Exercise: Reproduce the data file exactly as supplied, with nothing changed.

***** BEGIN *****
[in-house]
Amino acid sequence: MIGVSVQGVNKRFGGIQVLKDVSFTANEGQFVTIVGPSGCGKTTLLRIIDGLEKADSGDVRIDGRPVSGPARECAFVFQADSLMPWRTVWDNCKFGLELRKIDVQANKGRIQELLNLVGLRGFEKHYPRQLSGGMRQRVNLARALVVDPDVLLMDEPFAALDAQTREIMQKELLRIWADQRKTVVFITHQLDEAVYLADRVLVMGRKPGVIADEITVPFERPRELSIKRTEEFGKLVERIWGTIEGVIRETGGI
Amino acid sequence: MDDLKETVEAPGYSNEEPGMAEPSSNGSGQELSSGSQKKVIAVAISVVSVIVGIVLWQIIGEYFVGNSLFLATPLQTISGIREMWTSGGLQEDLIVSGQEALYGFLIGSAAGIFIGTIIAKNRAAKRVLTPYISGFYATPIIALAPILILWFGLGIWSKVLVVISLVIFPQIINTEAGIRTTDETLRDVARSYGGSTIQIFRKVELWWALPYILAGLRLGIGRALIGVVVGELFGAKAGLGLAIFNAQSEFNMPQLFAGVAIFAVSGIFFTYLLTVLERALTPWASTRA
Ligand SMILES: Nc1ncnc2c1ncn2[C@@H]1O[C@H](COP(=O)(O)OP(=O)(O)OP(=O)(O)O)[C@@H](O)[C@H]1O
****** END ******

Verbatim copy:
[in-house]
Amino acid sequence: MIGVSVQGVNKRFGGIQVLKDVSFTANEGQFVTIVGPSGCGKTTLLRIIDGLEKADSGDVRIDGRPVSGPARECAFVFQADSLMPWRTVWDNCKFGLELRKIDVQANKGRIQELLNLVGLRGFEKHYPRQLSGGMRQRVNLARALVVDPDVLLMDEPFAALDAQTREIMQKELLRIWADQRKTVVFITHQLDEAVYLADRVLVMGRKPGVIADEITVPFERPRELSIKRTEEFGKLVERIWGTIEGVIRETGGI
Amino acid sequence: MDDLKETVEAPGYSNEEPGMAEPSSNGSGQELSSGSQKKVIAVAISVVSVIVGIVLWQIIGEYFVGNSLFLATPLQTISGIREMWTSGGLQEDLIVSGQEALYGFLIGSAAGIFIGTIIAKNRAAKRVLTPYISGFYATPIIALAPILILWFGLGIWSKVLVVISLVIFPQIINTEAGIRTTDETLRDVARSYGGSTIQIFRKVELWWALPYILAGLRLGIGRALIGVVVGELFGAKAGLGLAIFNAQSEFNMPQLFAGVAIFAVSGIFFTYLLTVLERALTPWASTRA
Ligand SMILES: Nc1ncnc2c1ncn2[C@@H]1O[C@H](COP(=O)(O)OP(=O)(O)OP(=O)(O)O)[C@@H](O)[C@H]1O